“I’ve just read some of your blog entries,” writes my high school friend, Carolyn Projansky. “Very powerful. I related to the story you told of the Holocaust survivor who over-mothered her children because she didn’t get enough mothering. (See blog below, “The Forgotten Adults.”) My mother did that, and you’ll recall she was a Holocaust survivor, too. I figured out exactly that reason years ago, in therapy.”
For children of survivors, it can take decades to understand their parent’s behavior. Here are some ways survivors’ losses define their parenting:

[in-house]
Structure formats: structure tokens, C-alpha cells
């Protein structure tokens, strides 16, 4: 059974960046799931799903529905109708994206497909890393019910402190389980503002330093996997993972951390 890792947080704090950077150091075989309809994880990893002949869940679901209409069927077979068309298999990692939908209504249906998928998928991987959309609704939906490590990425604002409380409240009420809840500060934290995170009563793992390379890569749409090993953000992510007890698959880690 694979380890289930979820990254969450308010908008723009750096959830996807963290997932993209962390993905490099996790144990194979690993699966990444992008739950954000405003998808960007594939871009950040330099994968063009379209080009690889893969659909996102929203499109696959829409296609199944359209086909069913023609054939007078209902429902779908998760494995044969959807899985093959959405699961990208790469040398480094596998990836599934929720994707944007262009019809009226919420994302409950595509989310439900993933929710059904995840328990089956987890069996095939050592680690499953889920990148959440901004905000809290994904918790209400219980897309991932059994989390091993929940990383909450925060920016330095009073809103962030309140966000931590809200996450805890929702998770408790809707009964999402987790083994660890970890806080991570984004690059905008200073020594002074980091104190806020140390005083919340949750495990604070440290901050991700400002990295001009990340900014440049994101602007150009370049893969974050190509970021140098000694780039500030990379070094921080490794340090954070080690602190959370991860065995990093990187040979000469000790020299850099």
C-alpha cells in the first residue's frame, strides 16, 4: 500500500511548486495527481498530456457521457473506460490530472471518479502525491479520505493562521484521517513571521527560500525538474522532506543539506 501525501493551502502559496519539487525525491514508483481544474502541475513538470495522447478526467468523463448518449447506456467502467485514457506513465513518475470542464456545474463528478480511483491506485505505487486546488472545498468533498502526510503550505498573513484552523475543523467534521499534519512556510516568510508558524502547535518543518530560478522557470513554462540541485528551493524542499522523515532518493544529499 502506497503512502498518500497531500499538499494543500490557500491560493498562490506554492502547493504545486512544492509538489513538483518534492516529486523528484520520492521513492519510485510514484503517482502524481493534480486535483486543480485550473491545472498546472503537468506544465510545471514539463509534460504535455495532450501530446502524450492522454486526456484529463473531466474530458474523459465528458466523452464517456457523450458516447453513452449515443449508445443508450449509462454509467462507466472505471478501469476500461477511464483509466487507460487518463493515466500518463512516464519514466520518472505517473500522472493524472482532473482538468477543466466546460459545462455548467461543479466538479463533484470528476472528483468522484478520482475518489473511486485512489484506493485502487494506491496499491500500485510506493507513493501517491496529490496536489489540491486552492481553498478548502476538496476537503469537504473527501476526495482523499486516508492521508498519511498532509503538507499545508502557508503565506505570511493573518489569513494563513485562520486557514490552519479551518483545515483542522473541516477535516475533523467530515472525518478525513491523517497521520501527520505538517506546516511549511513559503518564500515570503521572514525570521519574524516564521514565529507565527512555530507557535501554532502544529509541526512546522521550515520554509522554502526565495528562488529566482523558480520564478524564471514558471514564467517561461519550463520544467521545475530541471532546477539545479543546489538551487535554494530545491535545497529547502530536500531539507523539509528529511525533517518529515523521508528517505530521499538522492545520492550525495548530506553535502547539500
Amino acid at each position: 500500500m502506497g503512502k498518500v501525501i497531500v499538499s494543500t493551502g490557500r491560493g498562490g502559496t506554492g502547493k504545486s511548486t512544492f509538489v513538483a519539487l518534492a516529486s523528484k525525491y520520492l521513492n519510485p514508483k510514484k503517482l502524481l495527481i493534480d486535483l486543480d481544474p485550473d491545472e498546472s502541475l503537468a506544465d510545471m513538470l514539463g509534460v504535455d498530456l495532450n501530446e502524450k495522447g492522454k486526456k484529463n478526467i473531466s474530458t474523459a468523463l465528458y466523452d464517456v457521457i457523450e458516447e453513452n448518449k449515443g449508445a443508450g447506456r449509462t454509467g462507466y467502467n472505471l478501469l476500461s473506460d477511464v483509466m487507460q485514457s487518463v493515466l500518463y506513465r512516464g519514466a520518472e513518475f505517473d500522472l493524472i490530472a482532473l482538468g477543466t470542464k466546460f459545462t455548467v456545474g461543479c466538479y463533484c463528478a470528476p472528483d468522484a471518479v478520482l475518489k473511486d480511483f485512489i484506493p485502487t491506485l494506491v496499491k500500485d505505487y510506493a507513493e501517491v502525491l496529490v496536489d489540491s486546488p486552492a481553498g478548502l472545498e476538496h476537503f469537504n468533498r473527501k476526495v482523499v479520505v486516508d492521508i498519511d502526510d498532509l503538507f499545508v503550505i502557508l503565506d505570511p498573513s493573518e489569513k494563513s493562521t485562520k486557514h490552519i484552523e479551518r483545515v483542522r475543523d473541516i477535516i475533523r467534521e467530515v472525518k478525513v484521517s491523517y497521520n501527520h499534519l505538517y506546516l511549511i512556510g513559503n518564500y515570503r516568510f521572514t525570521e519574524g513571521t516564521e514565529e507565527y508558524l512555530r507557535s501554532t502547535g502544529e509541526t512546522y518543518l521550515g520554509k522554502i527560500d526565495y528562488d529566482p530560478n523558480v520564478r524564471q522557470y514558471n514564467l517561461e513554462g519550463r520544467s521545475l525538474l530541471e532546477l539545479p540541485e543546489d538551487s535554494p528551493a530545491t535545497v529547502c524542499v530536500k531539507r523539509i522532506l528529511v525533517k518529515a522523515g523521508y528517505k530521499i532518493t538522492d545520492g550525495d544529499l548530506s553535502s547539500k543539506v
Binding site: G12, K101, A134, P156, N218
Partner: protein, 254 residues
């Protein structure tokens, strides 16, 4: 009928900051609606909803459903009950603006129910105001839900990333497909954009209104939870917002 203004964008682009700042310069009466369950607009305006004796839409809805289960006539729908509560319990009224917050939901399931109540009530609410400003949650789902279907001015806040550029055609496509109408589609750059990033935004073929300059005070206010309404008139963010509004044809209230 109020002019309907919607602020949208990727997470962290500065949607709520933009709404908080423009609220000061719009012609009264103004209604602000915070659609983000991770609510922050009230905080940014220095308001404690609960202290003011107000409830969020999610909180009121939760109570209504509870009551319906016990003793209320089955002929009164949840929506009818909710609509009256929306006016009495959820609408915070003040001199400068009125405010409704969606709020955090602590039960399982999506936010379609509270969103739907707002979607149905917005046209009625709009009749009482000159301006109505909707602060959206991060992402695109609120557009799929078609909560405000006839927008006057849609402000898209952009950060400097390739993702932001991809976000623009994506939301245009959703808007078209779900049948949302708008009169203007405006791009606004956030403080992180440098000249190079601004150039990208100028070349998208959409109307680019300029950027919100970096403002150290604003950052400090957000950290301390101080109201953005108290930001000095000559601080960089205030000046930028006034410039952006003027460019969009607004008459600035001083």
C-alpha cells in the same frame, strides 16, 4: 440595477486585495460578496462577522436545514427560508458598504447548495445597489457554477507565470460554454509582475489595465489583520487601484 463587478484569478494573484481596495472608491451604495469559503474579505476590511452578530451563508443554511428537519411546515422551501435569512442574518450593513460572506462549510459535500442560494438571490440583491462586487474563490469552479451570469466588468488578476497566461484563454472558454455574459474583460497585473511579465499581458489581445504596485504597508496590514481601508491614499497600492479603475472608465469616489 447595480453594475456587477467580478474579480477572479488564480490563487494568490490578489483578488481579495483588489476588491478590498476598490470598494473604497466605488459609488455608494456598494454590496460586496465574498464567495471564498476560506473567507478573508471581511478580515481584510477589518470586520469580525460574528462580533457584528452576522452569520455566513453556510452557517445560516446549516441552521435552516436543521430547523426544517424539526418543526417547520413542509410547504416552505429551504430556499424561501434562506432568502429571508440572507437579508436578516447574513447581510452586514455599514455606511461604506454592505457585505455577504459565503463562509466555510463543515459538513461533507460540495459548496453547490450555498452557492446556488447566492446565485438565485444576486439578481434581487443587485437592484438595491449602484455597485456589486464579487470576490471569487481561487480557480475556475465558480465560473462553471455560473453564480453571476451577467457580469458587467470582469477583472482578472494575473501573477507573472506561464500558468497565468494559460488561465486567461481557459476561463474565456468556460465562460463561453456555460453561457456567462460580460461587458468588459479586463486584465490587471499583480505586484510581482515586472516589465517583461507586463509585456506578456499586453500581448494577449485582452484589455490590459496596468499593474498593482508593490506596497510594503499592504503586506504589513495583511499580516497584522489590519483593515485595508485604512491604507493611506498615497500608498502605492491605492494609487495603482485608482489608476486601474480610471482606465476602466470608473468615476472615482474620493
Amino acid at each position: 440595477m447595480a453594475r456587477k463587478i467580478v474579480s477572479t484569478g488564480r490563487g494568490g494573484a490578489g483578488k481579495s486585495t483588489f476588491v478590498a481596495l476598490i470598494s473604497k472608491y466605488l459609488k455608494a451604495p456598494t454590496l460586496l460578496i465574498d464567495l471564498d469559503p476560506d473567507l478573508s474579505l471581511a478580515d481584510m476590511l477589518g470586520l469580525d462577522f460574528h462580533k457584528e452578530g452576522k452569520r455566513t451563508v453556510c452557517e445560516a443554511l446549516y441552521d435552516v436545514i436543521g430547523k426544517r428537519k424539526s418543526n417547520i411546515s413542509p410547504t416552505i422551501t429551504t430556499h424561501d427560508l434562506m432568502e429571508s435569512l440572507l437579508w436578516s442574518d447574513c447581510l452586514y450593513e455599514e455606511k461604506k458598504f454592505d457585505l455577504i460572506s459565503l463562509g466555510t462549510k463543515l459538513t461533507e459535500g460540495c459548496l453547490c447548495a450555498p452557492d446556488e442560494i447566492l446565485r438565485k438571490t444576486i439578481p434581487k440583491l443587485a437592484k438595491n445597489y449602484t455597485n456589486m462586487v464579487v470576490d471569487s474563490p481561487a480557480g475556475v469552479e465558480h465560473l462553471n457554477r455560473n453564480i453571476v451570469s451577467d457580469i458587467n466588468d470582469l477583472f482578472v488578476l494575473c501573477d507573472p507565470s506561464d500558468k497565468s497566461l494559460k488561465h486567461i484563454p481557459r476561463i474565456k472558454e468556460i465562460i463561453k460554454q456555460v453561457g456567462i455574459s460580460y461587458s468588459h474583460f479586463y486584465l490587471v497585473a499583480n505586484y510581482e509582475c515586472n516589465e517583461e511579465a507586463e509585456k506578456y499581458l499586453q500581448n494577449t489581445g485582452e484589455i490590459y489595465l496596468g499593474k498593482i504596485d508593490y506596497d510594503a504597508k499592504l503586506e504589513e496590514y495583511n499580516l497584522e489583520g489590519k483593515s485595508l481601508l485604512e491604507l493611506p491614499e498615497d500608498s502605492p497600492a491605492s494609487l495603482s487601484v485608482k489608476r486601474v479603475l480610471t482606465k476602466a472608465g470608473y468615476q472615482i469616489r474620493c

• Research shows survivors look to their children to replace what was traumatically lost. Consequently, they become over-involved in their children’s lives.
• Survivors can be over-protective of their children, transmitting a sense of distrust of anyone outside the family.
• Some survivors don’t talk and some don’t stop talking. Either tactic can be traumatizing to children.
• Separation or individuation is associated with death for survivors. A child who separates may be seen as betraying or abandoning the family.
• To cope with their losses, many survivors numbed themselves to emotional pain. As parents, they have difficulty showing love.
In time, children see how their parent’s experiences shaped both generations. As Carolyn wrote in her message to me, “I just wish my mother had lived long enough for me to have told her that I understand.”